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Lower Back Pumps


So pretty much every back workout I end up with horrible lower back pumps - it starts with my first warmup set of 135 on deads or rack pulls and progressively gets worse from there.

What have you guys found helps with this as I'm sure I'm not the only one?

I try to get a lot of fluids in during the day and especially around/during my workouts.


I didnt know there was such a thing as a "horrible" pump but it wasnt uncommon for my lower back to feel so worked after lots of rack pulls/deadlifts that it was uncomfortable to do things like heavy one arm DB rows but if youre not training with a belt on DLs or rack pulls i would try that. I feel i still get a hell of a lower back workout but it is the difference between night and day as far as how my lower back holds up through the rest of my workout, especially since its always the first thing that gets worked.


Audio, I don't think there is such a thing as a "good" lower back bump lol.

I'm all ears on this one too, it's a bitch.


x2 Feels kinda weird. Wearing a belt helps.


I tend to get it on my left side

lift partner noticed that my hips shot slightly left on the squat


You could try keeping one of those big exercise balls around, and between sets of deadlifts just lay on it. Put your hands over your head, and stretch your legs out, and just let the ball kinda hold up the curvature of your back. Keep the ball right at the top of your hips and just lay there for a minute. Works well for me.


That's actually not a bad idea. I get the best feeling ever though laying on the ham curl station and let the pad pull my legs down, it's pure ecstasy...haha


I thought this thread was going to be about the mundane everyday tasks that cause lower back pumps... I don't know if that makes it a disappointment or not.


Lay on the floor and whine like a little bitch? That is what I do.

It fucking blows dude. Walking makes it pump back up after it goes away too.


How bout walking? lol :slightly_smiling:


I feel dumb for asking this question but this thread seems appropriate. Someone had asked me this earlier today. He basically said he did the normal back exercises but never felt anything in his back so wanted to know what exercises to use. I told him he was doing it right and that is just not an area you usually feel a pump at. I said all those exercises involve arms too which is where you feel it first, maybe when you get really strong arms you will start feeling it more in your back. Is this correct at all?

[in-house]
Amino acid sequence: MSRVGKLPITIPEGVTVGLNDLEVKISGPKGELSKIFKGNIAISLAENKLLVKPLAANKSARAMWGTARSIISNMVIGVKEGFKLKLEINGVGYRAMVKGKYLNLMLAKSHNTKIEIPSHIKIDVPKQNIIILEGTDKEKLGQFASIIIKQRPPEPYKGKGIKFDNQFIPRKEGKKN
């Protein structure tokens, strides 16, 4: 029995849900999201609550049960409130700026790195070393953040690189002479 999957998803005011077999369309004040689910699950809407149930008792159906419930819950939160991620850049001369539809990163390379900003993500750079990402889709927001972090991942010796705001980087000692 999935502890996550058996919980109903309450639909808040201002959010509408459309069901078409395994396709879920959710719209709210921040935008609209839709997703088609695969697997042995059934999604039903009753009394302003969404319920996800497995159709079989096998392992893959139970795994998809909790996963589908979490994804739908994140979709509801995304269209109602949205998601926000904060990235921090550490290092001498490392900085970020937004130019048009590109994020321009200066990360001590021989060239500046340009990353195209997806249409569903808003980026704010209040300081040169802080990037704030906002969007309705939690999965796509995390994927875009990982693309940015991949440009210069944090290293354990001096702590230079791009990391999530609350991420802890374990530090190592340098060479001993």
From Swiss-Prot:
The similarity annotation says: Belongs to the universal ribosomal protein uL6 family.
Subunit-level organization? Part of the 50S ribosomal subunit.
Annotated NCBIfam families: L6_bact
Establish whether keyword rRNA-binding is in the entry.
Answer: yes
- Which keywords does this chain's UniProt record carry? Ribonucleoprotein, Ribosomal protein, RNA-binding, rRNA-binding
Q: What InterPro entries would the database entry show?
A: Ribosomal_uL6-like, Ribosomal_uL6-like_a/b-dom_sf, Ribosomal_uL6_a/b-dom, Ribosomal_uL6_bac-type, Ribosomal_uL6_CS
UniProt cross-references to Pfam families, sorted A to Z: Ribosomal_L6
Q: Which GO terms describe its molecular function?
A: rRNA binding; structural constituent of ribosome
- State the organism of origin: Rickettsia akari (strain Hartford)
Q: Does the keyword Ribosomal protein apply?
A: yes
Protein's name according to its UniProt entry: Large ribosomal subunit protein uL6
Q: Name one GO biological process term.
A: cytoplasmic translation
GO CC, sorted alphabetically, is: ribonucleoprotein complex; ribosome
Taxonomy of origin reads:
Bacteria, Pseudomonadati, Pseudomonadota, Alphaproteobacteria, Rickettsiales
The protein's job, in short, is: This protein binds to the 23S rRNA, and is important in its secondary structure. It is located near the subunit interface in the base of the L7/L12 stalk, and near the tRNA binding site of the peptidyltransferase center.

On another thought when you get older the back is just one of those areas you get random pain (just really minor unless you did something wrong to cause it). For that reason you may not notice any soreness there from the gym as much.


dead hang stretches from a pullup station for a few seconds between sets of deads/ rack pulls etc and then again after finishing workouts will help. the excercise ball thing mentioned above sounds cool too.


I like to do a nice standing hamstring stretch between Deadlift sets when my low back pumps too much.

Sometimes by the 3rd or 4th set of heavy RDL's I can go from touching my toes to putting my palms on the floor.


i hope this doesnt come across too harsh, but seriously, why are you giving advice (to buddy you were talking about) when you know you are completely guessing? -dont do this


No. If you do the exercises properly then you should feel it in your back. It takes practice to figure out how-to accurately target your back. Yes, strong arms help, but your arms should NOT be fatiguing before your BACK when you're doing BACK exercises! If they are, then you're doing something wrong!


Decompress your back. Sometimes when this happens, i lay down on a bench with my feet up in the air to make the back temporarily flat, also taking stress off of the lower back. seems to work fine for me.


What? You should definately feel apump in your back when exercising the back. I feel like, inflated after a good back session.


This is what I do.

Taurine is supposed to work well too.


Low back pump is something a lot of us have to deal with. When you are bigger and eating a ton it is worse. The good news is it just hurts...it doesn't signify anything really wrong with the area...just a lot of fluid trapped down there. Which obviously doesn't mean everyone should ignore lower back pain, but if you have low back pump and know what it is, it's ok to ignore it and keep training to the extent you can.

To those of you who don't know what low back pump is and don't get it, don't give advice. K thanks.


I actually kinda like it, maybe it is because I considered the lower back one of my weak points long ago and was pretty obsessed with strengthening it for a while. I have to admit though that when it's over a certain limit it can be incredibly uncomfortable. Hanging from a pull up bar and stretching seem to help though. Gonna have to try that exercise ball thing too.